|[AMRadio] Resistive load on interstage audio transformers in tube
k4kyv at charter.net
Wed Mar 12 12:47:15 EST 2008
I have always loaded down the secondary windings of audio transformers to
the manufacturer's specifications. For example, I would put a 50k resistor
across the secondary winding of a 500/600 ohm to 50k input transformer. But
I have consistently noticed schematics of broadcast and other high quality
audio equipment, that most circuits use a much higher load resistance,
typically 200k or more across a 50k secondary winding. Often, there is no
loading resistor at all. This is for class-A amplifiers, so grid current
loading is not a factor.
I have quite a comprehensive collection of radio engineering books, plus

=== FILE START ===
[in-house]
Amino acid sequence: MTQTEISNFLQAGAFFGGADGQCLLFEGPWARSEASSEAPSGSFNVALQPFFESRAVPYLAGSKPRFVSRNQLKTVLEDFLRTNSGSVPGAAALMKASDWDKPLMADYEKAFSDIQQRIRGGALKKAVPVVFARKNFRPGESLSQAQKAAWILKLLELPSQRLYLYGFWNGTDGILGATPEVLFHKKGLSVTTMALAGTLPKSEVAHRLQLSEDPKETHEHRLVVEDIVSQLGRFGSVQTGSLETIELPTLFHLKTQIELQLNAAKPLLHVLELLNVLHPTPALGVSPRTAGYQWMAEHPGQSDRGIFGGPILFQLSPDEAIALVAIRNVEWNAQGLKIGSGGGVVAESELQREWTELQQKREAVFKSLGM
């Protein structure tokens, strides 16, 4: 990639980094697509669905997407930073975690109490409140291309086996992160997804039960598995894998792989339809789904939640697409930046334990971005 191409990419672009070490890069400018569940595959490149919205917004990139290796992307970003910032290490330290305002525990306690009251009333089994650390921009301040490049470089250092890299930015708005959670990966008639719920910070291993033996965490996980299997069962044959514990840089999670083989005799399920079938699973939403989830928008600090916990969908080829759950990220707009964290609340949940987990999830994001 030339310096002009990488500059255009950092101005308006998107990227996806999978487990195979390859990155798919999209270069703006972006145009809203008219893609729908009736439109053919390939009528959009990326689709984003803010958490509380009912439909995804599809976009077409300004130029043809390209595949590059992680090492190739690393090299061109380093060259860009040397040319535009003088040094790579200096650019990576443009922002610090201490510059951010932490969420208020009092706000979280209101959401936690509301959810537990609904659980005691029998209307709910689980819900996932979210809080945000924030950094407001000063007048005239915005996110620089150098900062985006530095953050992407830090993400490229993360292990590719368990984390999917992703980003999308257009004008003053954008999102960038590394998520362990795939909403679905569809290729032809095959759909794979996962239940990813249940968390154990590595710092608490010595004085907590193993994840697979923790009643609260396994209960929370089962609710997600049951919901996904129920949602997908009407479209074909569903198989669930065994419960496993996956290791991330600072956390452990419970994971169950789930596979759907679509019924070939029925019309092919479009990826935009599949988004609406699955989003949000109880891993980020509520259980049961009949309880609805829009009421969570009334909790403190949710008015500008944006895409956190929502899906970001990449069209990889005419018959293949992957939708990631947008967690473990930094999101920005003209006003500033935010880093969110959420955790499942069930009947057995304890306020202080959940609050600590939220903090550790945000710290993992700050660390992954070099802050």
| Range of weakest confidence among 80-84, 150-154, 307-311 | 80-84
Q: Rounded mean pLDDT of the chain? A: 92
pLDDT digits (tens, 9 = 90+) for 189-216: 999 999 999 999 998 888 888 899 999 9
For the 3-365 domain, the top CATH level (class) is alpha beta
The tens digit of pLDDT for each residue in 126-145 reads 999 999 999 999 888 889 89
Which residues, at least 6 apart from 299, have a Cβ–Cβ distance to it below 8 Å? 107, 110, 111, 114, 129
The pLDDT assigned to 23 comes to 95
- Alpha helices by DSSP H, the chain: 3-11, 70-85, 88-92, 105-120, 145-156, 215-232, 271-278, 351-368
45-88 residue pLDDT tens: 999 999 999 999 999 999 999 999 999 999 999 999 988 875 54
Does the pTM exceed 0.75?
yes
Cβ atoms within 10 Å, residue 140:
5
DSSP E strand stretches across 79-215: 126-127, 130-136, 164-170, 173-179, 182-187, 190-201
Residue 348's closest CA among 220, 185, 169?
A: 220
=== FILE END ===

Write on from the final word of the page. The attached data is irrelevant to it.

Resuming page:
engineering data in some of the transformer catalogues, but none carry much
discussion of this topic. The RCA Radiotron designer's handbook says
loading a transformer down gives smoother and wider frequency response, but
increases both the tube and transformer distortion, implying that a
resistive load should be avoided if possible.
Has anyone seen any data on this subject that goes into any more detail?
Those who have designed and built high quality audio amplifiers, how much
loading did you use on your interstage transformers, if any?
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